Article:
News Release

University of Minnesota Twin Cities and HealthPartners collaborate to study medication management in Minnesota

Pharmacist and patient
Photo credit: ljubaphoto from Getty Images

The University of Minnesota Twin Cities, the University of North Carolina and HealthPartners seek to address public health issues surrounding taking prescription medications safely and effectively by studying medication therapy management (MTM) services in over 130 community pharmacy locations in Minnesota.

Some of the biggest challenges and opportunities in health care are ensuring that patients are prescribed optimal medications for their unique needs, that patients are able to take them as prescribed, and that the medications are safe and effective. About 30 percent of prescriptions are never filled and about half of medications for chronic diseases are not taken as prescribed. This is estimated to cause the deaths of about 125,000 people every year and at least one in ten hospital admissions.

“Pharmacists will be working with patients and other members of their health  care team to support improvement of health by optimizing the use of their medications,” said Jason Varin, an assistant professor in the U of M College of Pharmacy and community pharmacist. “MTM services can improve overall patient health outcomes by ensuring that medications provide the most benefit, potentially decrease the overall costs of care and improve patients’ health care experiences.” 

“By encouraging patients to engage with their local pharmacist, we are hoping more conversations between patient and pharmacist will center around the best way to manage and improve their health,” said Varin. 

In more than 90 percent of visits, pharmacists providing MTM services identify at least one opportunity to improve or change a patient’s medication regimen. 

“Almost half of all Americans use at least one prescription medication so medication management is important for optimizing health outcomes,” said Young Fried, vice president of pharmacy plan services at HealthPartners. “MTM service benefits to patients can include reducing side effects, identifying more affordable medications and making sure that medications are working as they should and not having any harmful interactions. All of these things can improve the quality of life for patients and reduce medical costs.”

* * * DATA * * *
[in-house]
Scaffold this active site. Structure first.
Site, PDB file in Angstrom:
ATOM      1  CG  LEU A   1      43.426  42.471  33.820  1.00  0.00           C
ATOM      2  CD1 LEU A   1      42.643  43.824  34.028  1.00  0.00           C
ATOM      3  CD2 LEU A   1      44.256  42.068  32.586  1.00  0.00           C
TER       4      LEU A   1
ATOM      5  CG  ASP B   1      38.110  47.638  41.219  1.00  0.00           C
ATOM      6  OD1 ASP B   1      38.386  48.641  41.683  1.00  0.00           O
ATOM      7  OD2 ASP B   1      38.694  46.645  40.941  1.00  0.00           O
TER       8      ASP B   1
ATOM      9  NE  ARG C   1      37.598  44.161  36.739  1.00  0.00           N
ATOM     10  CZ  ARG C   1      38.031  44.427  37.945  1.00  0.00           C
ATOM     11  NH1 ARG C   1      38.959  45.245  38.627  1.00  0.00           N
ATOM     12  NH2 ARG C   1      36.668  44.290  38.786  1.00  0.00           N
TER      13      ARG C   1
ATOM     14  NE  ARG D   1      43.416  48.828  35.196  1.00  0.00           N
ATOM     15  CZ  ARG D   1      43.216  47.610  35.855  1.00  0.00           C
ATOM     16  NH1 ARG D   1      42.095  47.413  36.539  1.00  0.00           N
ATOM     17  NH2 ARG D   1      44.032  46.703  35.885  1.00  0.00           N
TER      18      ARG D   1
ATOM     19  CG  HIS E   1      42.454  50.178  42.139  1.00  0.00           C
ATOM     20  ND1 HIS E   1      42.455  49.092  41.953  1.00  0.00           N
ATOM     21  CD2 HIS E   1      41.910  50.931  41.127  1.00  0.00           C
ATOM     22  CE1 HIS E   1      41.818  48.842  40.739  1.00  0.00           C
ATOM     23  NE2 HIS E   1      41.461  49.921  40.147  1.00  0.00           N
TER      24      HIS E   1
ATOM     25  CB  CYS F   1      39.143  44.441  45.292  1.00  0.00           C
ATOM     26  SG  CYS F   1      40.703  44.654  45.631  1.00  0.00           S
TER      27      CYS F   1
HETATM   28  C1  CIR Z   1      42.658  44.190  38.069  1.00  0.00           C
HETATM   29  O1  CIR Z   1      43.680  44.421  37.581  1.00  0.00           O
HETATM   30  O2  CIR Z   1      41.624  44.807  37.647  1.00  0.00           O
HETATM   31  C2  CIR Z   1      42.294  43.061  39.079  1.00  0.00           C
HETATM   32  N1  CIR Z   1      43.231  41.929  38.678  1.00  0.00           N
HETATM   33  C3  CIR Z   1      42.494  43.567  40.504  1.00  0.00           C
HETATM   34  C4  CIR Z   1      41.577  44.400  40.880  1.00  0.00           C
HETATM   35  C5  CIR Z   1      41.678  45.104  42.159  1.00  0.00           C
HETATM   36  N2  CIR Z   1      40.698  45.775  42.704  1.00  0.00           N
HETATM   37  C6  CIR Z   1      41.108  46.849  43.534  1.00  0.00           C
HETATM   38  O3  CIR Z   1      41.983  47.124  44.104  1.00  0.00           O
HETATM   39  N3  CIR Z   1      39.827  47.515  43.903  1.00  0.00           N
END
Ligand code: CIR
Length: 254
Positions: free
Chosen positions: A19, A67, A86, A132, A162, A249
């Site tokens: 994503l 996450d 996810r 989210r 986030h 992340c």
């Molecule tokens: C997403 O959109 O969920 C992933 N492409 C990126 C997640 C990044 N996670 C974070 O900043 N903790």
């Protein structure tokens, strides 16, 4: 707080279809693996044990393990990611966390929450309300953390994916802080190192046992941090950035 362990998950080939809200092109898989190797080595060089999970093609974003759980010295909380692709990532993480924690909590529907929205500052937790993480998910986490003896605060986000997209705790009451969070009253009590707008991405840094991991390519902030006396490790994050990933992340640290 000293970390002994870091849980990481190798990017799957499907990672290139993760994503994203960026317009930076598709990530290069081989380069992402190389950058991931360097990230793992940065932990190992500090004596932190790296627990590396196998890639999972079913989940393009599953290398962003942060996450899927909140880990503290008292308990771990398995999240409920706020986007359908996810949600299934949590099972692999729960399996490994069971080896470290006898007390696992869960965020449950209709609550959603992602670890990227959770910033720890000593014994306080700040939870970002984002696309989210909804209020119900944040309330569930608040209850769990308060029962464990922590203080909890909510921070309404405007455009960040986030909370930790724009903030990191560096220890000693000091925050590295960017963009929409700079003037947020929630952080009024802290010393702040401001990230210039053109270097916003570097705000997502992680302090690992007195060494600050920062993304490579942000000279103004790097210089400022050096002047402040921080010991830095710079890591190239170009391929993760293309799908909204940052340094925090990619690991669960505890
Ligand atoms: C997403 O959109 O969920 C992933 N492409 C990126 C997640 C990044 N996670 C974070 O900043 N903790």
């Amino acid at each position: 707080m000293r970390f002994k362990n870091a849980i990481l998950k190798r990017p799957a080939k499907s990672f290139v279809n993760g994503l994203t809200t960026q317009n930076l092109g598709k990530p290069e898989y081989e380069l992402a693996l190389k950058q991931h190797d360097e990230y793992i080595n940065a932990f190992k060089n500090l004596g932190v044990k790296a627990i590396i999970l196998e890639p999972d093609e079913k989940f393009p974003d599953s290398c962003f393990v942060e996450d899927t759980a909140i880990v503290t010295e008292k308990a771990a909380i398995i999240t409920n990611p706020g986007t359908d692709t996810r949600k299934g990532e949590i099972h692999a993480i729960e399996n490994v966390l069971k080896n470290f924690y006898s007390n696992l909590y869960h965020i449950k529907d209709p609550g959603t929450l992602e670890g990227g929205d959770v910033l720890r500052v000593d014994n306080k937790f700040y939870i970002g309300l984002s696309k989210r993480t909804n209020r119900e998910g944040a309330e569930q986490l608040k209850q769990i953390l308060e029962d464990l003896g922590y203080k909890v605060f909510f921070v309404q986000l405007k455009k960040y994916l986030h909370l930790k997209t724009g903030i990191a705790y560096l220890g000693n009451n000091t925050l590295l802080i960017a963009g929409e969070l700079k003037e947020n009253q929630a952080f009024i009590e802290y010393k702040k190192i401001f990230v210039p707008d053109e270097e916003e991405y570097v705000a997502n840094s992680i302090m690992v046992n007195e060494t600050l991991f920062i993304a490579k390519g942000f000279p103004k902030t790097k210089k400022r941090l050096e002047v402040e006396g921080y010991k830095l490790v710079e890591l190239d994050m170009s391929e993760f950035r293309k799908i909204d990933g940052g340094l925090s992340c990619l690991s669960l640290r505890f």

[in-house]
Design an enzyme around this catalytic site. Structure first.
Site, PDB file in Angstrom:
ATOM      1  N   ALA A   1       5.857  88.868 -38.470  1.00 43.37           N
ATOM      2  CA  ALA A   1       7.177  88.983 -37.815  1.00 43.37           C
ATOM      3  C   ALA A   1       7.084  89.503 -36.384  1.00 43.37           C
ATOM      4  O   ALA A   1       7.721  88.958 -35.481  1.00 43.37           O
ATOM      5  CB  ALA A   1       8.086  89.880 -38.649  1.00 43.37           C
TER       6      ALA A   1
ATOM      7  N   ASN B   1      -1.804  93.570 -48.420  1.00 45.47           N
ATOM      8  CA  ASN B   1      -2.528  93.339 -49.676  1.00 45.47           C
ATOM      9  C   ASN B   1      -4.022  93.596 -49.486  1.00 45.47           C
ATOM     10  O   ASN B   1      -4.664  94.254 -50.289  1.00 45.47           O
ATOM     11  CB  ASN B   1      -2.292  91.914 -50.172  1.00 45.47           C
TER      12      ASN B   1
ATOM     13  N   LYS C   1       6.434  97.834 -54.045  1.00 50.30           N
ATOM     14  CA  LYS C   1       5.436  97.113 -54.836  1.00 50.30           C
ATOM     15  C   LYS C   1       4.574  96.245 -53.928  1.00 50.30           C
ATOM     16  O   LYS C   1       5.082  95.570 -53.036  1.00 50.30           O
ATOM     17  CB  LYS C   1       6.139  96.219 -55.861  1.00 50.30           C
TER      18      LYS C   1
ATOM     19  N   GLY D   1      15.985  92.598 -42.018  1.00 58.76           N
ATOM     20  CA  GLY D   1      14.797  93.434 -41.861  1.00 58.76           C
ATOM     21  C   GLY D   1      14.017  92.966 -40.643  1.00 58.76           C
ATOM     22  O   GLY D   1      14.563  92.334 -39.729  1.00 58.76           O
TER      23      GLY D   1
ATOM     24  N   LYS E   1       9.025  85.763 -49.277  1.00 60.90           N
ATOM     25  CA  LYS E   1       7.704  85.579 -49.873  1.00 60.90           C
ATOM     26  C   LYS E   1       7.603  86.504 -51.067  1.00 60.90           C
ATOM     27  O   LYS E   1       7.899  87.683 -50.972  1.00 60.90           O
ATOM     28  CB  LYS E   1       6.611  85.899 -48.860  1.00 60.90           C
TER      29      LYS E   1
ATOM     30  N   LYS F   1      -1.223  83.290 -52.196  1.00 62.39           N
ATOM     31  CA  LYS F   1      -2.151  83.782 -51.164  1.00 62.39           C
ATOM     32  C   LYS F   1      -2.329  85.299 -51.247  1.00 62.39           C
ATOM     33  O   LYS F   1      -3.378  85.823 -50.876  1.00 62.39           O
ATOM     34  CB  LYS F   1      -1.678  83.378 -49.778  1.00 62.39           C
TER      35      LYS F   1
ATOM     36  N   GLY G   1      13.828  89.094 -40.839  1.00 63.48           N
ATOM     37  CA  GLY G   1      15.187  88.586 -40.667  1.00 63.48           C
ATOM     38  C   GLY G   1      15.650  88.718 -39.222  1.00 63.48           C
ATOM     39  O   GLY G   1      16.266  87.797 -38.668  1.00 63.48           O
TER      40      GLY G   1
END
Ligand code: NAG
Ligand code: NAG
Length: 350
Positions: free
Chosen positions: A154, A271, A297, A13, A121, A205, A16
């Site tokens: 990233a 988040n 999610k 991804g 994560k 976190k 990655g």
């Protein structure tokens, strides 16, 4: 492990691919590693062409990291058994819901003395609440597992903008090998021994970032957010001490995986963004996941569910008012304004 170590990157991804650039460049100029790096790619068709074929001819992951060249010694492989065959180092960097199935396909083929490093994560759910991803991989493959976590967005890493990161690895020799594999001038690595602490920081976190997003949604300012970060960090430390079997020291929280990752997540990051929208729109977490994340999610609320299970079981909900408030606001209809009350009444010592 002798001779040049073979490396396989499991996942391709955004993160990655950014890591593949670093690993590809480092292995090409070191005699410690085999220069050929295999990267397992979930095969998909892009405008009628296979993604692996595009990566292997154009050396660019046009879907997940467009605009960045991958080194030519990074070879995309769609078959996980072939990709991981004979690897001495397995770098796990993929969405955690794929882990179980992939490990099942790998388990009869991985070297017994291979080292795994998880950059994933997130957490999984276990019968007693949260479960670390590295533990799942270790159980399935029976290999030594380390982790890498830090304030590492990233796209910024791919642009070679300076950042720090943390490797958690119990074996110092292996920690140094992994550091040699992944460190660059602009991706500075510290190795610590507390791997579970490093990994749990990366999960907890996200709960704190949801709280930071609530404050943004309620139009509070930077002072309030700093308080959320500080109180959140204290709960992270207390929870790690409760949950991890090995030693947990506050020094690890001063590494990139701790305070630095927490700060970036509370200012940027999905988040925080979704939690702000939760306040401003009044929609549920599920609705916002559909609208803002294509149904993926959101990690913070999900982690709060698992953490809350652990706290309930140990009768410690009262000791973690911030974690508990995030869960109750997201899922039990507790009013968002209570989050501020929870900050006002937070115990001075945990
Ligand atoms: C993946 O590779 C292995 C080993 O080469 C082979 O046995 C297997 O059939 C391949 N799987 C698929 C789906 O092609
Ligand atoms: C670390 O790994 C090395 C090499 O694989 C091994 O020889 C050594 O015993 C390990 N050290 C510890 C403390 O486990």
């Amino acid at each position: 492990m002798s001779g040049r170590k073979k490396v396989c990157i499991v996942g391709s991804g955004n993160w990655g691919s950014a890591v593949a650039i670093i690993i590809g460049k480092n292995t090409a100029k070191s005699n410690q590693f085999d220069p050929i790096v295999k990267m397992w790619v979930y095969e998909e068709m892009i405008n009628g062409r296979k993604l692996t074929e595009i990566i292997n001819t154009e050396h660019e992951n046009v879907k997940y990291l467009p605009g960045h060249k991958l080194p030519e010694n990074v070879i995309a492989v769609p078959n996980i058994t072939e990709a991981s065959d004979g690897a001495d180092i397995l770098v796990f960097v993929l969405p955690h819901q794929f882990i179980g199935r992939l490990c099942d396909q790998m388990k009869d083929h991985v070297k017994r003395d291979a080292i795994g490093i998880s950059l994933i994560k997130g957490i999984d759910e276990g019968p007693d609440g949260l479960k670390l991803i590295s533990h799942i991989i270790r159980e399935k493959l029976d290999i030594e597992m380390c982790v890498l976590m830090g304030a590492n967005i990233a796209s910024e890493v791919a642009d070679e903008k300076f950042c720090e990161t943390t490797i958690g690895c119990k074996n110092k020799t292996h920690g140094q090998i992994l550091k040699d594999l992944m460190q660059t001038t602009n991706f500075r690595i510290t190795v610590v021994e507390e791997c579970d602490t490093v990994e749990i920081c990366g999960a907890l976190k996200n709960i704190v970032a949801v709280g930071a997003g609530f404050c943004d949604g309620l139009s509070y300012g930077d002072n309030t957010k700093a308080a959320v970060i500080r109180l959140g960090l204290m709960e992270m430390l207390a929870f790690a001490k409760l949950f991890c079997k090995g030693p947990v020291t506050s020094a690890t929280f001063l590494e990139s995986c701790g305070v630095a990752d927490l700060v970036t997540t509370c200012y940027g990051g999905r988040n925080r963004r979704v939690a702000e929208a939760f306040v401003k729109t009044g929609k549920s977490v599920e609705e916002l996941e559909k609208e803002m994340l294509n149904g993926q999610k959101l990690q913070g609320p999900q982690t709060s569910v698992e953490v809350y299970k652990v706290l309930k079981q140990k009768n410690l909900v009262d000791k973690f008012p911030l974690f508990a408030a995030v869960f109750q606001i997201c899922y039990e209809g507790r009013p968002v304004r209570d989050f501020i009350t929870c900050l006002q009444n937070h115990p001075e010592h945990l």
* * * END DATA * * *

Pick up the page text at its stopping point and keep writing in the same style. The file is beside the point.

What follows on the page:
The research focuses on patients who have HealthPartners insurance and have high blood pressure, heart disease and/or diabetes. In 2021, researchers at the University of Minnesota will assess the program to see the impact that MTM has on:

  • decreasing blood pressure among patients with hypertension to be less than 140/90;
  • helping patients become tobacco free;
  • reducing blood sugar (A1C) to less than 8 percent among patients with diabetes. 

In addition to supporting patients in their efforts to improve health and medication use, HealthPartners, U of M College of Pharmacy and University of North Carolina Eshelman School of Pharmacy will assess program implementation to further analyze the feasibility of making  MTM services accessible to patients across the U.S.   

The program is funded by grants from the National Association for Chain Drug Stores Foundation, the University of North Carolina Eshelman Institute for Innovation and the Minnesota Department of Health in partnership with the Centers for Disease Control.  

About the College of Pharmacy
Founded in 1892, the University of Minnesota College of Pharmacy is the only pharmacy school in Minnesota, with campuses in the Twin Cities and in Duluth. The College of Pharmacy improves health through innovative education, pioneering research and interdisciplinary practice development that attends to the diverse needs of the people of Minnesota and the world.

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Katrinna Dodge

University Public Relations
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Mon, 07/27/2020 - 15:42
University of Minnesota Twin Cities and HealthPartners collaborate to study medication management in Minnesota
https://twin-cities.umn.edu/news-events/university-minnesota-twin-cities-and-healthpartners-collaborate-study-medication
University of Minnesota, Twin Cities